Tag Archives: Parental narcissists

The First Cut is the Deepest Part 3

Aunt Alex’s Army has a dry-out tank.

Let me explain. A portion of the emotionally generous population (that would be us, Friends) have narcissistic toads as parents (that would be Fake-Mom and Destructo-Dad; hey, let’s call them as we see them). This messes with the kids’ boundaries, because from birth the tykes try to bond with the toad parents in a normal, healthy way, and the psycho parents will have none of it. They use and abuse, just like all other narcissists. The boundaries get bent. And for some emotionally generous kids, along with this can come a craving.

That craving — it’s for the love and bonding of the parents, and for little kids it’s very healthy. Bonding with your parents increases your chances as a growing and developing human. Narcissistic parents fail pathetically at bonding and completely let the kids down. Then the kid grows up, and in reality the parents become essentially obsolete. But — the primal craving lingers. And the boundaries are bent. Hello, recipe for disaster.

Guess how the cravings are fed? Not with healthy relationships, because the cravings are for the love and bonding of the actual parents. You guessed it. With relationships with people who sense that craving, AND the emotional generosity, and who swoop in for the kill. Toads. And narcissists. And assclowns. Oh, my!

This is critical: THE CRAVINGS ARE NOT YOU. They’re SEPARATE and APART from you, an unwelcome stow-away and a relic from a horrible childhood. They’re scars that flare from time to time. They’re not a disease, or a personality trait, or a weakness. Those cravings are just old aches from war wounds, wounds suffered in the battles for health and normalcy when you were a little child. Old aches from old scars.

Fair enough, but sometimes those cravings are nurtured and nourished by modern romantic narcissists into full-blown misery and trauma, when the toads play on all this old stuff in your head and heart to their own advantage (which they all do). The cravings become large and looming, sore and ravenously hungry. What then?

Then, it’s off to the dry-out tank with you. Those cravings are NOT an addiction. But it works to treat them like one, and the battle can be just as hard. A narcissist lures and taunts actively and with full voice, like a glass of wine passively and quietly lures an alcoholic.

Some people have such a rough time with this craving, that Aunt Alex is going to build a dry-out tank. This will be a closed and private support group to supplement any current support groups or recovery help a person uses, where we only deal with the cravings, 12-step fashion. Dropping the defenses. Admitting this isn’t the way you want to live. Focusing on that first cut. Reviewing how you got here, building the boundaries, and taking full control over your own narcissist-free future. Marching on toward management of the cravings, not toward trying to pretend they don’t exist. Virtual coffee, cider and fresh doughnuts will be served.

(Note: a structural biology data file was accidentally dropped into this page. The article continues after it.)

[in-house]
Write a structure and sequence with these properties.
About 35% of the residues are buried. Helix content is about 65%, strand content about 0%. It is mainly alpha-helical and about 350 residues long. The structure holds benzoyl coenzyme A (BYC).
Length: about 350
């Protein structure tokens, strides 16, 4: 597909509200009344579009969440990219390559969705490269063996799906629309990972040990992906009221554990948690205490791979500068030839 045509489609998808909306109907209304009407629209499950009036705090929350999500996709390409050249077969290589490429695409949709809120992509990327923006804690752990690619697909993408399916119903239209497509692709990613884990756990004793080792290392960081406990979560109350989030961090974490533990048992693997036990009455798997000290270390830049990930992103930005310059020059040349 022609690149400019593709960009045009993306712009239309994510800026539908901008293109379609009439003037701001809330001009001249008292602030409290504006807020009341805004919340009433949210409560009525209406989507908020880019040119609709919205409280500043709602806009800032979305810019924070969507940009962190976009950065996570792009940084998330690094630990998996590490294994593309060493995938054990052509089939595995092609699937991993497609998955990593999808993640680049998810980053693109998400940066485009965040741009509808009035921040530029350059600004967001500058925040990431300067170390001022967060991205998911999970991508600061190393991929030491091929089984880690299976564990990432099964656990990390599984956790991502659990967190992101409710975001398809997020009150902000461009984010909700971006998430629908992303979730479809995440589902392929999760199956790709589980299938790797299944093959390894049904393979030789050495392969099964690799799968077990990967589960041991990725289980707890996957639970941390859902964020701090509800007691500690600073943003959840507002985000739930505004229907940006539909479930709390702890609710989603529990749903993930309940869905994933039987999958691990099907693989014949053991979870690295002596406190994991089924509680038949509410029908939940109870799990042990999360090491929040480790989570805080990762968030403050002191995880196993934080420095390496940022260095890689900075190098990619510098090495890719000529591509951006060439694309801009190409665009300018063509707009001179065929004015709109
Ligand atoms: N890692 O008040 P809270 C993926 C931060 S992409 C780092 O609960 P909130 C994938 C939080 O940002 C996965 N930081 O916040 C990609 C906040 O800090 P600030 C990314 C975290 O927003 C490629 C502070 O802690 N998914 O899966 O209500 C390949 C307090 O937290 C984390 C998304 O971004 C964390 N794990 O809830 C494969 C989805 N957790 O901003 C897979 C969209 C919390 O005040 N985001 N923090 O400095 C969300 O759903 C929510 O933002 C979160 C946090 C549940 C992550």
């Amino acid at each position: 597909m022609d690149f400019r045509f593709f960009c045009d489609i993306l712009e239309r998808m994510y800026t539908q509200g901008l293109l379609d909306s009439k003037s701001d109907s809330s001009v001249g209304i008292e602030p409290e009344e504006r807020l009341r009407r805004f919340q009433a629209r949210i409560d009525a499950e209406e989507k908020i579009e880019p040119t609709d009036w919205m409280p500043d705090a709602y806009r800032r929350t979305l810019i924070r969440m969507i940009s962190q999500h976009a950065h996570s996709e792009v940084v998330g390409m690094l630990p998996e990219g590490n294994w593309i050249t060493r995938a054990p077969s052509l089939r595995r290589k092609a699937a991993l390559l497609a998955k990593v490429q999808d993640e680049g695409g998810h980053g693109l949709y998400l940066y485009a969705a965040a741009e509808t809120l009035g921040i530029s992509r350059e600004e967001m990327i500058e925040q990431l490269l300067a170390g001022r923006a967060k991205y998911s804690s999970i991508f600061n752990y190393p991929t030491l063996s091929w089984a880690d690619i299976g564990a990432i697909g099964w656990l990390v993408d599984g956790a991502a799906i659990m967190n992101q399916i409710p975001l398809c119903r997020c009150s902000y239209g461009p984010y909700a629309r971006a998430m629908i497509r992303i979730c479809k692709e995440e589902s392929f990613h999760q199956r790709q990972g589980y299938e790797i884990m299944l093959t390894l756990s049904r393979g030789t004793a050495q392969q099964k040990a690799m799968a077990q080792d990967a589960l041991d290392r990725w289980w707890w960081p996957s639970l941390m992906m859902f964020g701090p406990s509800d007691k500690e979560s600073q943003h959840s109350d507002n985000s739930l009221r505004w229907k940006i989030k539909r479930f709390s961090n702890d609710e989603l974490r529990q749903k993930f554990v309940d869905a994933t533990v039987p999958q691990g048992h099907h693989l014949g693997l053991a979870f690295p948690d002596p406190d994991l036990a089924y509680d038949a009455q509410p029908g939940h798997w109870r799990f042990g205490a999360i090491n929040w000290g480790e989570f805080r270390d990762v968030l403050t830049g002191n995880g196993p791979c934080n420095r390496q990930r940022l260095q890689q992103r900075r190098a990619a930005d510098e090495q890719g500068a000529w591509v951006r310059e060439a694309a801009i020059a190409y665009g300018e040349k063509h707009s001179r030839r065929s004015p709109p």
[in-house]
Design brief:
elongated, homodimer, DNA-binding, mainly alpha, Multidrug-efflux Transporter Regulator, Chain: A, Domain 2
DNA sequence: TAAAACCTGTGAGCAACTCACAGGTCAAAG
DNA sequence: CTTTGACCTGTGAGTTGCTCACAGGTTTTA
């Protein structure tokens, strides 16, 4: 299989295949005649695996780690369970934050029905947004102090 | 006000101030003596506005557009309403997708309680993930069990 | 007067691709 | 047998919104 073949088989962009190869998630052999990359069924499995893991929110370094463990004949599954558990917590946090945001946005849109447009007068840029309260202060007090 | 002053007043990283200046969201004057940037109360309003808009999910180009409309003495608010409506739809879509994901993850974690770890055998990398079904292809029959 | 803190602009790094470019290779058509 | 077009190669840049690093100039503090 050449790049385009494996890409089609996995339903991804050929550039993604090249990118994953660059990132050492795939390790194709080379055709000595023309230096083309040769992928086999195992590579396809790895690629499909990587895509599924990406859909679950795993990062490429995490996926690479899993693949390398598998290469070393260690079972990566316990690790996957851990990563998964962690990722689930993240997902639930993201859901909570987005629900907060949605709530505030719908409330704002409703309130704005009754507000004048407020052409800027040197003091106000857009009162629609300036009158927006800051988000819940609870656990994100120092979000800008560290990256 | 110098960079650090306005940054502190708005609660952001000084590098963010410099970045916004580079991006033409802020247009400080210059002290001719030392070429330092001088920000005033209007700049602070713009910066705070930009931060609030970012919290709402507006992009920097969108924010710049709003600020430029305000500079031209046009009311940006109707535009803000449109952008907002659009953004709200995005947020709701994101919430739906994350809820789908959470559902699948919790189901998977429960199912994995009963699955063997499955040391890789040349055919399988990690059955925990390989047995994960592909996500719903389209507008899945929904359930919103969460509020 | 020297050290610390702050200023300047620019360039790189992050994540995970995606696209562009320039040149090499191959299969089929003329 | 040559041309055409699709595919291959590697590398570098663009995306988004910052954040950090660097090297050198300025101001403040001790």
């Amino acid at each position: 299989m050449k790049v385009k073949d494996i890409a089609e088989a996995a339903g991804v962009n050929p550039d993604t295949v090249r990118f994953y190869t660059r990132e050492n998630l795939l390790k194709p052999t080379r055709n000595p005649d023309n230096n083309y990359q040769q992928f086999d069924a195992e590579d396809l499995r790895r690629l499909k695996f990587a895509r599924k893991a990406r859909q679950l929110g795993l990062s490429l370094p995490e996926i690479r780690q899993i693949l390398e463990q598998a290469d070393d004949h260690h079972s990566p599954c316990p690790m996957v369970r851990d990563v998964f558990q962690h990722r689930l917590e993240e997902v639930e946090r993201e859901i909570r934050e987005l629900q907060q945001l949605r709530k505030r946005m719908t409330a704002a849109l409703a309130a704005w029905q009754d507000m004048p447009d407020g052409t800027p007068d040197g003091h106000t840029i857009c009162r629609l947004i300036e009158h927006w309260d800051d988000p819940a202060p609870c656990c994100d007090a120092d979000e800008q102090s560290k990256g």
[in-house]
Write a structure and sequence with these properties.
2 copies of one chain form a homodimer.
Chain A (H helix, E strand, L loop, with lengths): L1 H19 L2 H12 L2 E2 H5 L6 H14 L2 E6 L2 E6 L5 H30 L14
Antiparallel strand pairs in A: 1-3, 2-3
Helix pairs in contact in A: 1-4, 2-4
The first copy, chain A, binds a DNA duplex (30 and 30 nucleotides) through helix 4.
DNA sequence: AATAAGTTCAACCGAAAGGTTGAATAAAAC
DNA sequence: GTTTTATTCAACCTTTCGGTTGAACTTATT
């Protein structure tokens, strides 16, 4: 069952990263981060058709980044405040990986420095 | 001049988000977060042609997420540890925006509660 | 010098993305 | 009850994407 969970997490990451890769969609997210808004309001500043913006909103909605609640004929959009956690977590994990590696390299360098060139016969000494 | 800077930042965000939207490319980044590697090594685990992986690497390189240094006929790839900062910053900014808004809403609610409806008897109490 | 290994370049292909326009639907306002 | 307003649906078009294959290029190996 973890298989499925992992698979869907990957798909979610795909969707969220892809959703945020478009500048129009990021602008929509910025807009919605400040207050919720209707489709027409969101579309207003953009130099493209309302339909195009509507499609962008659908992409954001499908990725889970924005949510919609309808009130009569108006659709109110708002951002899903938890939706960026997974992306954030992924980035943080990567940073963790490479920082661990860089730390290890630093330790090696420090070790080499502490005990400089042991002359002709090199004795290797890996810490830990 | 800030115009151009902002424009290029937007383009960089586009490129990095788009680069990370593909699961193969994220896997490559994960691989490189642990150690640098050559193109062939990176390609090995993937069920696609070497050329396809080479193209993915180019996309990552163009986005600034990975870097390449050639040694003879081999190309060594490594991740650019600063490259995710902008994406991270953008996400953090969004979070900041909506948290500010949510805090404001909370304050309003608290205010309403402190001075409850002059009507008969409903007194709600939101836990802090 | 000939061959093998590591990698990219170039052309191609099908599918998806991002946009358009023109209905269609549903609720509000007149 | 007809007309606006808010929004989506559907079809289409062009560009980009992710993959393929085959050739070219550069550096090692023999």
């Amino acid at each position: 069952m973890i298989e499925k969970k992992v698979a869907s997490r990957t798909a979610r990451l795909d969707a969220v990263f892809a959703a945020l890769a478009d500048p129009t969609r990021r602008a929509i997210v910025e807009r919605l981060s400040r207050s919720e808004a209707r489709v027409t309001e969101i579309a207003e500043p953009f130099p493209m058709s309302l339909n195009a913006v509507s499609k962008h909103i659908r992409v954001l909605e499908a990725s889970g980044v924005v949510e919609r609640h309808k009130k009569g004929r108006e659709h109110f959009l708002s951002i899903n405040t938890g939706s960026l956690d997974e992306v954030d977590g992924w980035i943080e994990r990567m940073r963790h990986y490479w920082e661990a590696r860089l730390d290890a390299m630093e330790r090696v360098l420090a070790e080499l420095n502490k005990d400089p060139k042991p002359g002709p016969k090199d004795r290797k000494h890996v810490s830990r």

And it’ll go like this:
“Hi, my name is Alex, and I have cravings.”


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The First Cut is the Deepest, Part 2

We were talking about narcissist-mom and toad-dad, and how they can bend a person’s boundaries. I person with bent boundaries can be pretty vulnerable to future predators of the personality-disordered variety, until those boundaries get fortified through time and work. Narcissists are like hyenas — very opportunistic, and always on the prowl for the easy, emotionally generous catch. (Plus they smell and whine and have greasy fur.)

This connection of the current narcissist to the crappy parent can be seen pretty vividly in the messages in the heads of the emotionally generous when we respond to narcissists and other toads. Look at what people say when they describe their reactions to these guys:

“I feel lost without him.”
“I felt this connection that I desperately need to feel again.”
“I love him. We had something so special, so unique.”
“I just need to have him back. I can’t explain it. But he has this effect on me that just goes through my whole body.”
“I need you. Jesus, just get normal about this, will you?!”

Now, these might sound a bit over-the-top to anyone who hasn’t been mauled by a narcissist-hyena, but they’re taken straight from the testimonials of survivors. This is the way toads WANT to make people feel — like they’re very special, gifts from the Gods, and irreplaceable. And they succeed in making people feel these things, but especially, and most viscerally, in people who have felt this way before.

Look at those statements. And put them in the mouths of kids, little ones, who are being left out in the cold by their parents. Then those statements make a whole lot of very clear sense.